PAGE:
It’s Easier Than Puttin’ Up a Fight

Happy Holidays From the Mason Family

By Attorney Rebecca Mason

We are hosting Thanksgiving this year. We haven’t hosted much of anything since the height of the pandemic.  So we are quite a bit out of practice getting the home ready for a big group.    

Wednesday evening, my husband and I attempted to get the home ready with the kids’ help.  It quickly devolved to too much yelling and too many sternly-worded directives. He and I kept locking eyes with frustration at their lack of assistance.

And then the kids broke into song.

Our youngest performed Annie Jr. on the community theatre stage last weekend in front of packed crowds – many sold out – with his Fine Arts classmates.  They knocked it out of the park. The talent and dedication of the 10 and 11 year old’s was nothing short of impressive.


So then, as our poor children were being forced to sweep and put things away and otherwise ready the home for guests, they began twirling and dancing and singing:

Don’t if feel like the wind is always howl’n? 
Don’t it seem like there’s never any light?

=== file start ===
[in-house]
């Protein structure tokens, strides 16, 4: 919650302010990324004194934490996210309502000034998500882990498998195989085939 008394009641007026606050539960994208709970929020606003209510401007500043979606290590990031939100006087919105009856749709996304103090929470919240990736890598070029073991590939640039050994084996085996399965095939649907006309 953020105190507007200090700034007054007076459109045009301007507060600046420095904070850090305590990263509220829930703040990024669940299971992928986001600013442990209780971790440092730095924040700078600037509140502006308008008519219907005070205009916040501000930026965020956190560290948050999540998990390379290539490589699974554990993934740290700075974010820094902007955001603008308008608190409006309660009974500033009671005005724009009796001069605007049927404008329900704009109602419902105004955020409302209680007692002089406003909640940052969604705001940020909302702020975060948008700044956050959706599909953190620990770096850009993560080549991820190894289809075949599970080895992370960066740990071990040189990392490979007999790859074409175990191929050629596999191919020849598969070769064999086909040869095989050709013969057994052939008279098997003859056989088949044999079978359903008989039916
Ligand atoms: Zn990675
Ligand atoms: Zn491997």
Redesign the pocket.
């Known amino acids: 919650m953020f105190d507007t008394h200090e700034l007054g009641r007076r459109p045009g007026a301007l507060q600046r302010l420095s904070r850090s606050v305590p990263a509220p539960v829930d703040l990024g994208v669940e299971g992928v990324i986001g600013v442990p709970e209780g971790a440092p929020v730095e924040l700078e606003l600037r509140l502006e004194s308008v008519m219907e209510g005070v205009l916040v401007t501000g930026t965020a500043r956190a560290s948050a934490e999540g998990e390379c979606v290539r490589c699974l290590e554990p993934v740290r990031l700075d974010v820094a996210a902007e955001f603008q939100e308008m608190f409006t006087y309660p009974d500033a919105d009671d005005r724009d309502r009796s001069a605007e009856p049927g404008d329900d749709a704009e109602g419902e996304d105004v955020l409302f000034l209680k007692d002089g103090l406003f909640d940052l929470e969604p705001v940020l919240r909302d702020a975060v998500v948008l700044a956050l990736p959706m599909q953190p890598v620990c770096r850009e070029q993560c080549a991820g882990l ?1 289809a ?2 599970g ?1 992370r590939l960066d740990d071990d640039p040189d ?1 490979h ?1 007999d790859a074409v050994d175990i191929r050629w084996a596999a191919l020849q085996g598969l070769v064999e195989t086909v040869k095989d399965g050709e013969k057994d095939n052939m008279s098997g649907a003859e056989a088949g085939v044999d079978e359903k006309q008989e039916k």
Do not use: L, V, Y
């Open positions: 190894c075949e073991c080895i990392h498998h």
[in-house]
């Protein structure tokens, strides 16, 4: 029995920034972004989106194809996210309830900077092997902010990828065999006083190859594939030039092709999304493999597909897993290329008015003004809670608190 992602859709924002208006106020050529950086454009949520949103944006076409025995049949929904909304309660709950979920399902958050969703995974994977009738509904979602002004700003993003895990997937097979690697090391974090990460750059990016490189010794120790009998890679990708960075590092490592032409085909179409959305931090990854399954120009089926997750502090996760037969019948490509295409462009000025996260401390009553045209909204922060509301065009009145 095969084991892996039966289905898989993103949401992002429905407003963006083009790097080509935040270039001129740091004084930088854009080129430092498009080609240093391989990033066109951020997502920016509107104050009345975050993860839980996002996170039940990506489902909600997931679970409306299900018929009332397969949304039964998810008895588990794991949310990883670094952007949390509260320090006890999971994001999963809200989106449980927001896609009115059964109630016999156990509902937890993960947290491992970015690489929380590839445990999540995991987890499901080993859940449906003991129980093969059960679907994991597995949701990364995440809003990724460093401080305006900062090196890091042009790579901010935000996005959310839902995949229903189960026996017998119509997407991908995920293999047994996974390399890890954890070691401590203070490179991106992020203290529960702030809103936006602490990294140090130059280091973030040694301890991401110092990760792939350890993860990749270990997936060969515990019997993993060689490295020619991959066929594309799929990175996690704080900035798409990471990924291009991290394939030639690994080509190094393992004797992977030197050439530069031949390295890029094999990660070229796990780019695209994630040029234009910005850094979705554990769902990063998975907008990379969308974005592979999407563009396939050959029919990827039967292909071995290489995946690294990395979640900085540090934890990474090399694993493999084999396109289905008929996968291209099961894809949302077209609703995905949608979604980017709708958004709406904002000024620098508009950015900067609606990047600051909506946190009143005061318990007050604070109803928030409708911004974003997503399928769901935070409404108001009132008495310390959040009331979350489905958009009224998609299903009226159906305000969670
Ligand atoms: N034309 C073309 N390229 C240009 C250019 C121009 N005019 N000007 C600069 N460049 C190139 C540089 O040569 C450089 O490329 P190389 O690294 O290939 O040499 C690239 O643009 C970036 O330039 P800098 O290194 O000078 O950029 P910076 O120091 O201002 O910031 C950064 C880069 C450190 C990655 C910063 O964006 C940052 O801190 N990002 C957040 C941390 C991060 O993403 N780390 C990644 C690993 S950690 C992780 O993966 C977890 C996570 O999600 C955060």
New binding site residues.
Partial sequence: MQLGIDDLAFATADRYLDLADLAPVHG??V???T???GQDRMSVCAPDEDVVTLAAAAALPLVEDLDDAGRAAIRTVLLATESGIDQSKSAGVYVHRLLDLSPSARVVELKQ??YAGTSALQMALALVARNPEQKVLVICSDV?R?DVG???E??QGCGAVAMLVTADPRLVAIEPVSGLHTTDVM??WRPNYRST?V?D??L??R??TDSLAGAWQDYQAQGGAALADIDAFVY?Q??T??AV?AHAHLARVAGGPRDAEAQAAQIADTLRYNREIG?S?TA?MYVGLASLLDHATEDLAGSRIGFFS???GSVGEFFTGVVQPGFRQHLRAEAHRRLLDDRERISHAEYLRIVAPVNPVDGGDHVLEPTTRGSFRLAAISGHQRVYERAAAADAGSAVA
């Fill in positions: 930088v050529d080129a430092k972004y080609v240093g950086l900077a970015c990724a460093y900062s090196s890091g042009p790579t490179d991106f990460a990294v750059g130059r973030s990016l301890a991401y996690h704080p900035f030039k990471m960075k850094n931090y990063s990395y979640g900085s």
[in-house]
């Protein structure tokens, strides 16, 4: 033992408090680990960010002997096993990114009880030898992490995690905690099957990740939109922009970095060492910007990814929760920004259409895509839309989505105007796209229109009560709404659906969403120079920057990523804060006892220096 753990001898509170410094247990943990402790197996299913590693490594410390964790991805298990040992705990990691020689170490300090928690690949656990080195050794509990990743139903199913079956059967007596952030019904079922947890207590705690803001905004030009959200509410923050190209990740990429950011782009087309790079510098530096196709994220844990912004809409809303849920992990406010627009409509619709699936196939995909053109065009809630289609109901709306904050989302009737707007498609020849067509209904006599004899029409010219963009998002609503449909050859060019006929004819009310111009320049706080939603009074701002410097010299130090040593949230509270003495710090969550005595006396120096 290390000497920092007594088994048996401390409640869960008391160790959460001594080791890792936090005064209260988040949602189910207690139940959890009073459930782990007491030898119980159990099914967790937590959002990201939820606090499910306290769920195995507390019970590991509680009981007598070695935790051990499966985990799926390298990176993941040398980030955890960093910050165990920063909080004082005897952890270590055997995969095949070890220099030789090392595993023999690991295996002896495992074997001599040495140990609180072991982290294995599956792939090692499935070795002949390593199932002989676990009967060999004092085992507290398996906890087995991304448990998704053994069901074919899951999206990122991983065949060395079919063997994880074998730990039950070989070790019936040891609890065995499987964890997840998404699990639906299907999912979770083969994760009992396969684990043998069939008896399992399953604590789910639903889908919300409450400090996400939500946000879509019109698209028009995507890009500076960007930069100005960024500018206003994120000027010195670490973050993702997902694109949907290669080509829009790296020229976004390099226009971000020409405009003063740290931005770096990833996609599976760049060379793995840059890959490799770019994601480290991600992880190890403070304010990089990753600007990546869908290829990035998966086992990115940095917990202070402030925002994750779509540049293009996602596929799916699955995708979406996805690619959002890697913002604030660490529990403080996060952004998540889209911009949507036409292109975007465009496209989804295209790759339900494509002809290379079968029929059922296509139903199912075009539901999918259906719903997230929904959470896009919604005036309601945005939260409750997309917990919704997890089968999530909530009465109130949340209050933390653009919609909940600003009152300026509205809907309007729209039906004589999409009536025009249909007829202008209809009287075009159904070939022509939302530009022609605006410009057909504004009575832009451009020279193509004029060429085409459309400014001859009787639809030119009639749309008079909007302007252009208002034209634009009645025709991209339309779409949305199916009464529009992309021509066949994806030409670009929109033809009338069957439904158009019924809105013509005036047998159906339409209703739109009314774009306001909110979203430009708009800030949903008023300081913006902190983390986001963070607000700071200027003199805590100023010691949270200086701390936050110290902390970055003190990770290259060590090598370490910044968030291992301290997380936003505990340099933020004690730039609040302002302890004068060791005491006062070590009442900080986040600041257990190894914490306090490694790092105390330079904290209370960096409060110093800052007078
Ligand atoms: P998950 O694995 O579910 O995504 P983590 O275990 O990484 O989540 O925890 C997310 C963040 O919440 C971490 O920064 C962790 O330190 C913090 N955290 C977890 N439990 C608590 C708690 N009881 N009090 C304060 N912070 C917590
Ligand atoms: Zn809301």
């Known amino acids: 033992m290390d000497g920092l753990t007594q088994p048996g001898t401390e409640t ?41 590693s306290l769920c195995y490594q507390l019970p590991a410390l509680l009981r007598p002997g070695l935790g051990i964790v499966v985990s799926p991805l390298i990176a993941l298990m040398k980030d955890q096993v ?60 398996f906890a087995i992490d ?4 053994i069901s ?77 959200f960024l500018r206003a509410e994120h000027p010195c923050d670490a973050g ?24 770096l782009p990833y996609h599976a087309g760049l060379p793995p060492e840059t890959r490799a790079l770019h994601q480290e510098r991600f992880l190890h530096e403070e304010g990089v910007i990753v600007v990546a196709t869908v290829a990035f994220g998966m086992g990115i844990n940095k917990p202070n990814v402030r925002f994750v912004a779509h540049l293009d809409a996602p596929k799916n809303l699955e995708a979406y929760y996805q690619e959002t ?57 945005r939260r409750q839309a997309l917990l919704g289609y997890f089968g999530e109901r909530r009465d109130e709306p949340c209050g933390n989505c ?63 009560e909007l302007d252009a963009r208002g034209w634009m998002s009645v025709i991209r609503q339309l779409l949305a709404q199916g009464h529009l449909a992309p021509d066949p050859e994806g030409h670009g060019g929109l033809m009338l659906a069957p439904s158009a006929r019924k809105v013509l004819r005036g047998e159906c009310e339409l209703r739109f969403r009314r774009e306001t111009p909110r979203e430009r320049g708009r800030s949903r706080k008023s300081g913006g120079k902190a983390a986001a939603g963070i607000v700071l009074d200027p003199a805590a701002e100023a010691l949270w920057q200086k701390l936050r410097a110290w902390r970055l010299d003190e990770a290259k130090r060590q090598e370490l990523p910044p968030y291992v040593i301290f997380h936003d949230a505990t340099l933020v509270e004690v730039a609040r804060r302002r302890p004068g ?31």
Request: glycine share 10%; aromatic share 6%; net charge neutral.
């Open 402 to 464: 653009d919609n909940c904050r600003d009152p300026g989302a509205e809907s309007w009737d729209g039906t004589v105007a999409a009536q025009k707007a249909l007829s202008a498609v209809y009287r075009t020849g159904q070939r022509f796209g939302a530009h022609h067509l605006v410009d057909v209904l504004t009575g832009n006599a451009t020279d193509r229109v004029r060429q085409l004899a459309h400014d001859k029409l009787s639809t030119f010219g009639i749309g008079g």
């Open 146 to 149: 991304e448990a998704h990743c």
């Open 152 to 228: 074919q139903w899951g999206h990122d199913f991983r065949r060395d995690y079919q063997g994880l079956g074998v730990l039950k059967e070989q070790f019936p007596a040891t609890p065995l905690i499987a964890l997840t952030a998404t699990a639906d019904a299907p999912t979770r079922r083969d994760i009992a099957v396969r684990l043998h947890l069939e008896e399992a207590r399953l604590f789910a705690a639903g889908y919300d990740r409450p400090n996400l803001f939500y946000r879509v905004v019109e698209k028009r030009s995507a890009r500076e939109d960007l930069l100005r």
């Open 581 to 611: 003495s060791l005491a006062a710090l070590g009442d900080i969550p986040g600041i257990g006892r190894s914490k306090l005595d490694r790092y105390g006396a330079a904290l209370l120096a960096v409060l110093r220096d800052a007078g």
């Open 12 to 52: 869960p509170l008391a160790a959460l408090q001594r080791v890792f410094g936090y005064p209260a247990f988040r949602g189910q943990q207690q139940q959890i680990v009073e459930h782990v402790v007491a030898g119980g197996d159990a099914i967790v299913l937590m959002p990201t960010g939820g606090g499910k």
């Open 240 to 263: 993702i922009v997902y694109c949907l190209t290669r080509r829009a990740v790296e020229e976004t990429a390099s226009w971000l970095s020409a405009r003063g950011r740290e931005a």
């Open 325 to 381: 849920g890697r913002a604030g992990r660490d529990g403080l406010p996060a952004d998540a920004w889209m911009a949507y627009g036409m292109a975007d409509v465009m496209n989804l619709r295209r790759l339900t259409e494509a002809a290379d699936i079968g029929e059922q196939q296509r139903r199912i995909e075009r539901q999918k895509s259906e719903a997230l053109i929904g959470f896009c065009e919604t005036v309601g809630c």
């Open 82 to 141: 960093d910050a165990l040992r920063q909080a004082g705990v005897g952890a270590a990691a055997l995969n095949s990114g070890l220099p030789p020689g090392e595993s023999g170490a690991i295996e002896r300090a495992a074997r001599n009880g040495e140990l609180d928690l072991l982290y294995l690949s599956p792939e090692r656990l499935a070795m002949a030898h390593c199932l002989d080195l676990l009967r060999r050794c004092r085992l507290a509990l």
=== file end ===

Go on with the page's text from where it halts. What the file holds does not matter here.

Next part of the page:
Once a day, don’t you wanna throw the towel in? 
It’s easier than puttin’ up a fight.

It’s the hard-knock life for us
It’s the hard-knock life for us

It was pretty frustrating.  And grounding.

Kids play. That’s what they do. They were trying to turn a chore into something fun. It made a chore less bad.

We need to meet kids where they are.  

We also need to meet our parents where they are.

I have previously written about Thanksgiving being a great time to check in with our elderly loved ones:

For those of us who are lucky enough to have loved ones who are aging, it is a great time to gauge whether there are signs that it is time to play a more active role.  

To be sure, Thanksgiving dinner is not the time to challenge a loved one who may be experiencing memory loss.  Frankly, no time is. When your mom becomes confused and uses the wrong word, maybe gently prompt her. But do not challenge her aggressively.  If your dad keeps repeating the same conversation, engage each time.  Don’t admonish him for repeating himself.  It is scary to lose your memory.  

If they aren’t tracking the conversation or seem to be stuck in the past, meet them where they are.  It is easier than putting up a fight.  And you can’t argue away dementia.

After the holiday, follow up to make sure they are safe.  The Aging and Disability Resource Center is a great resource to help people remain in their home safely as long as possible. https://adrc.racinecounty.com/

It may also be time to consider moving your loved one to a facility.  These are not easy times & the road can be long.  But there are many resources to help.